Review by Kathleen Campion
Rebecca Naomi Jones owns Fire In Dreamland, at The Public Theater. She plays Kate, and in the way of well-trained actors, she makes you believe she is Kate, arrived tonight, just to tell you a story.
Rinne Groff writes her like she’s peeling off pages backstage; they seem that spontaneous. Groff, true to form, is telling a complicated tale, spinning out competing narratives, occasionally forcing the audience to pause and take stock.
Kate wants to tell us the story of the great Coney Island fire of 1911 — about the noble black lion … about the mermaid who saved the Shetland ponies … about the innocent baby elephant who loyally waited in vain for redemption. Kate is taken with the story but it is not her story. It was whispered in her ear by the man who wants to make it his film. She wants to whisper it in our ear.
The man, a charismatic Dutch filmmaker, Jaap Hooft ( Enver Gjokaj), is struggling to make the film with his singular vision and without artistic compromise. He is, however, prepared to compromise on other levels. He’s gorgeous, and as his young admirer, Lance (Kyle Beltran), notes: “Very compelling.” To Lance and to the women Jaap meets, he is both lamb and lion.
Enver Gjokaj plays Jaap with a beguiling charm of the outsider, eager to engage. It is not until you see Kate’s wallet in his hand — while she searches for it — that you wonder: “Is he what he seems?” — and that is well into the play.
Kate’s real-life engagement with the destruction that hurricane Sandy visited on the current Coney Island residents all around her, draws her to her story line — the contemporary story of their resilience and redemption versus Jaap’s story of noble, if pointless, death. The other “ball you must keep juggling,” of course, is the romance between them, a constant metaphor. Kate wants something real. Jaap wants something else. A brilliant division. He keeps insisting they don’t yet know how the “film” will end.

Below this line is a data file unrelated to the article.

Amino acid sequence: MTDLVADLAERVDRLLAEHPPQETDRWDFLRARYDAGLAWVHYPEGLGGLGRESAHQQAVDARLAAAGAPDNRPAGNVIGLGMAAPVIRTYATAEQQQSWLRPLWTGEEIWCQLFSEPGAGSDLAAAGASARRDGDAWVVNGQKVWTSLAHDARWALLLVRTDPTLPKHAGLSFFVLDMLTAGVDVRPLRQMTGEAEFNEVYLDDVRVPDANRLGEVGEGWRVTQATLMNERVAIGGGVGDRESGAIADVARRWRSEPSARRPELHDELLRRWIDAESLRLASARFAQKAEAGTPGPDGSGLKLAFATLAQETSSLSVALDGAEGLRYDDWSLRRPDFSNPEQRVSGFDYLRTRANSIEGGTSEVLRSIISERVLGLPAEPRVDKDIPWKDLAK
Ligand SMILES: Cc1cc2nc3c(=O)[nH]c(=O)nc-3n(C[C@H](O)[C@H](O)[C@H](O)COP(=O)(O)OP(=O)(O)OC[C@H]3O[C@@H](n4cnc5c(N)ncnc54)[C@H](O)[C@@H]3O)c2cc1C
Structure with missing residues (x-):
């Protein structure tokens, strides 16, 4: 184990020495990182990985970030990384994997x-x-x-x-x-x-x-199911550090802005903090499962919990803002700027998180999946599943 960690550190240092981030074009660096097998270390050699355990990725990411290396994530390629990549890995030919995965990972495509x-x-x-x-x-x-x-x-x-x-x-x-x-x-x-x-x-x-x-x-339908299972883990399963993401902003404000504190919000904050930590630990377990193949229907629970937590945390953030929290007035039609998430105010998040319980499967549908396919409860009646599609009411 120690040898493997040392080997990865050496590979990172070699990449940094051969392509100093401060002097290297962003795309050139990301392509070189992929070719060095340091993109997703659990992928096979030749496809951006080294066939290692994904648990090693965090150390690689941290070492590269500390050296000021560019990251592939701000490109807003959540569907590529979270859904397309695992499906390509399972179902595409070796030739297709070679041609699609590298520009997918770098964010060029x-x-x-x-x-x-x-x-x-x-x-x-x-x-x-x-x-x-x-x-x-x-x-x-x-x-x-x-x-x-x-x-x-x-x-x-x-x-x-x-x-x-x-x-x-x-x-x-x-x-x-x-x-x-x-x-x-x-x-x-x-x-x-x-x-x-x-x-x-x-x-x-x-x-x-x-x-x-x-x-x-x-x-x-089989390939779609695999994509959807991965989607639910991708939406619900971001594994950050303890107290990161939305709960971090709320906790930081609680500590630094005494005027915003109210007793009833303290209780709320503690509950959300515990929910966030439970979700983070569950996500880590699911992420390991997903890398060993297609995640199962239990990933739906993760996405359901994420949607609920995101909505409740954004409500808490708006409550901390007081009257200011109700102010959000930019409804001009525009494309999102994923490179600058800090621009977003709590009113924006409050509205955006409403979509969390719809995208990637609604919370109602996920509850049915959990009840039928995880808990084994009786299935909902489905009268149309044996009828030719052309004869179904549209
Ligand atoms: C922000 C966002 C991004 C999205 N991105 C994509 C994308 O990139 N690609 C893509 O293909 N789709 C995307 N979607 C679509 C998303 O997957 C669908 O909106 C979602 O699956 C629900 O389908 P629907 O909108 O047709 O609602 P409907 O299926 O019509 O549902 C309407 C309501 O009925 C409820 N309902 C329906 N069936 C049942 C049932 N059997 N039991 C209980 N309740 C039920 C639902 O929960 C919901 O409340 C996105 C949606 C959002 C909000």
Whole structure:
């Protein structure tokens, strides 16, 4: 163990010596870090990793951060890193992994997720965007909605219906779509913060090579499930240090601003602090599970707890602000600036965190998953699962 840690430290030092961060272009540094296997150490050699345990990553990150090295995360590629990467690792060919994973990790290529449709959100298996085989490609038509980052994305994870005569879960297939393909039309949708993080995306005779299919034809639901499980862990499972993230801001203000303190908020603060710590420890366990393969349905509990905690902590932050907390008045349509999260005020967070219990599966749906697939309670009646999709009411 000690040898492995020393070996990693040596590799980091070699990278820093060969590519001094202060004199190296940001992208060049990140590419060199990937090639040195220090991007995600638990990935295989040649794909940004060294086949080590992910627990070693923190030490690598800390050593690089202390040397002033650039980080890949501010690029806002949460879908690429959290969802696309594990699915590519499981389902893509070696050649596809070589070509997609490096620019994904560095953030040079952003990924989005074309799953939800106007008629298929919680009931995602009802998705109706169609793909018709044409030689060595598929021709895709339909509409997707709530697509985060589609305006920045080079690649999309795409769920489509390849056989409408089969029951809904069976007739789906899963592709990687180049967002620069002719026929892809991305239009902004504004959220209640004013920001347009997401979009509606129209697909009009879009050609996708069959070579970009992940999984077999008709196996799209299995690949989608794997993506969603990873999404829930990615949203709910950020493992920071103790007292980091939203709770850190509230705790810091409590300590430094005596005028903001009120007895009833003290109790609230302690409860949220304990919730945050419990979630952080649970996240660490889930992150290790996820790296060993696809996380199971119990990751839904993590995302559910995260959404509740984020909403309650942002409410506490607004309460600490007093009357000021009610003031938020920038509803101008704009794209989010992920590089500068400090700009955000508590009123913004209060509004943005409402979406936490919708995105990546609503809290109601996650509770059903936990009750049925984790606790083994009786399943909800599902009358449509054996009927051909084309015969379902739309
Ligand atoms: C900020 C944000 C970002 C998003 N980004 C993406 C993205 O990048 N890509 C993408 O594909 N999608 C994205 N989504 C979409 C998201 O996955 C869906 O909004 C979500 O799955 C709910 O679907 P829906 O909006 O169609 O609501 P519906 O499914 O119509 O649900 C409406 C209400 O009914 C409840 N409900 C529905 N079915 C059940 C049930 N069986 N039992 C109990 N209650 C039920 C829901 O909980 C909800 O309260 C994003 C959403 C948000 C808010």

Jones’ Kate holds the stage for the whole 90 minutes, with lively monologues interspersed with scenes, she plays off the two men: Gjokaj’s Jaap and Lance, the latter played with a brilliantly contorted eccentricity by Kyle Beltran. His scratchy presence is worth the price of a ticket. Still, Jones is the gravitational force.
Director Marissa Wolf makes the most of a talented cast. She pushes them to execute even the silences with power. She uses a small audio device to pace the action — a clapperboard — a filmmaker’s artifact to mark scenes in a powerful stage play about filmmaking. You think it will get old but instead, you long for it.
The setting in Coney Island has an artful dodge about it. There’s a fare amount of gimcrackery and a rich supply of laugh-out-loud moments, to be sure. It takes a long time, in the frame of 90 minutes, for things to turn dark. Until they do, the audience has a lot of fun.
There are the cosmic themes of creation-vs-destruction and redemption-vs-damnation. But, perhaps because this play is debuting right now, the playwright seeds the script with something an American audience is much in need of — a reminder that Americans, unlike Europeans, are, at core, a hopeful people.
It is in the DNA of the Public to produce theater that is destined for more. It is easy to see that this production — this small cast, with this remarkable script, and deft direction already in hand —could move uptown. With that in mind you might want to stroll over to Lafayette Street now.
Fire in Dreamland – By Rinne Groff; directed by Marissa Wolf.
WITH: Rebecca Naomi Jones (Kate), Enver Gjokaj (Jaap Hooft), Kyle Beltran (Lance).
Designed by Susan Hilferty; lighting by Amith Chandrashaker; original music and sound design by Brendan Aanes; production stage manager is Buzz Cohen. Produced by the Public Theater, 425 Lafayette Street, Manhattan. Through August 5. Running time: 100 minutes without intermission.